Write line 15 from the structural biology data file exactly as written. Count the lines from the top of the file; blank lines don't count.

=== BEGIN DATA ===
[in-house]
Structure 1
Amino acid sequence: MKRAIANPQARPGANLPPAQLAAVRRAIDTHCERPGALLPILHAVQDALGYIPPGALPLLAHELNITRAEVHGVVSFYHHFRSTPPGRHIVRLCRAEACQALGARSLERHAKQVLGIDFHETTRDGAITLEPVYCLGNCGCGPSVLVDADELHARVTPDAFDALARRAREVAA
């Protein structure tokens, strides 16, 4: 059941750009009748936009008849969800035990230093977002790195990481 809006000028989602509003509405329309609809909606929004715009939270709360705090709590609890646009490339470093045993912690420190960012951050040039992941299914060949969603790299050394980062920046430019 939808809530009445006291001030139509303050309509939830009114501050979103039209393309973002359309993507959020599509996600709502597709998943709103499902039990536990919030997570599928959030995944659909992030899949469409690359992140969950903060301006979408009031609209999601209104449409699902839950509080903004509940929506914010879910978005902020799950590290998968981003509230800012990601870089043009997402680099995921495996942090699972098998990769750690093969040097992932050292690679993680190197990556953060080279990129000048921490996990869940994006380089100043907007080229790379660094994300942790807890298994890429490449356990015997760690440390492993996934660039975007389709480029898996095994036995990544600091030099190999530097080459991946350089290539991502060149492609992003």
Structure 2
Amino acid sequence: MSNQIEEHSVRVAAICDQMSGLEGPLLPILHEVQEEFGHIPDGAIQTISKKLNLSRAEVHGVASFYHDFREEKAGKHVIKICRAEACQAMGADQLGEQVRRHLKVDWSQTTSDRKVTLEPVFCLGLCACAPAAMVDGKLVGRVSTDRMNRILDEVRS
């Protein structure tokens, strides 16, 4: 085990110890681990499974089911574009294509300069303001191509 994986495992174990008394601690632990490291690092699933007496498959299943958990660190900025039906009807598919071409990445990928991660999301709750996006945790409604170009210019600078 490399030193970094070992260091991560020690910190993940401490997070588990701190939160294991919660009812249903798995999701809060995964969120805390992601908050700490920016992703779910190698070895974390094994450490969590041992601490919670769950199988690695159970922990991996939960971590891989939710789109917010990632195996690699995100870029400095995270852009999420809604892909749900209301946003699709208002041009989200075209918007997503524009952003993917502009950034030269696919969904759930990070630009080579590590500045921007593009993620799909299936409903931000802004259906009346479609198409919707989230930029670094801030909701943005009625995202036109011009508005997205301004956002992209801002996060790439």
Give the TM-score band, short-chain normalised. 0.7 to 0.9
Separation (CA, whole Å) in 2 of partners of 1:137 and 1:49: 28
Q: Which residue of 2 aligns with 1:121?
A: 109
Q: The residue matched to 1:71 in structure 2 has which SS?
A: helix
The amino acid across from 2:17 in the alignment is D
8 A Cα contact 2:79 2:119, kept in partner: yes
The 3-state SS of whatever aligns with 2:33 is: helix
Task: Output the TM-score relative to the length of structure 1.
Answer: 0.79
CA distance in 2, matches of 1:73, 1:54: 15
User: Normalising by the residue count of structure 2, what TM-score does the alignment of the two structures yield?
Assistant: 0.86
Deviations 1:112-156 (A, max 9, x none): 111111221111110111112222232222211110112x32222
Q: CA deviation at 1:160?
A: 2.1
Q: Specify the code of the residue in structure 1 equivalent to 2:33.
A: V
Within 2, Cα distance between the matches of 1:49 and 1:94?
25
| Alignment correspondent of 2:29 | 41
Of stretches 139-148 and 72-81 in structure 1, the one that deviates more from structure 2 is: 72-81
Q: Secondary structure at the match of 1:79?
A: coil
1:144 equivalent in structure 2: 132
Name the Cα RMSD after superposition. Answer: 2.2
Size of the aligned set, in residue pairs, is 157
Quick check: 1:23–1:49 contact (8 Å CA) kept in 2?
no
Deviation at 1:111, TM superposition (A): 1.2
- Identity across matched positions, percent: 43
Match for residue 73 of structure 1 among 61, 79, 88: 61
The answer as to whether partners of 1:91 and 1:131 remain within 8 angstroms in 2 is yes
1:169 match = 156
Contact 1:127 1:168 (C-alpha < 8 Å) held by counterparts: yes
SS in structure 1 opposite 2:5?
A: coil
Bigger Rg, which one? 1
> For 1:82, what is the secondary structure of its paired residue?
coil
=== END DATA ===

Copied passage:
8 A Cα contact 2:79 2:119, kept in partner: yes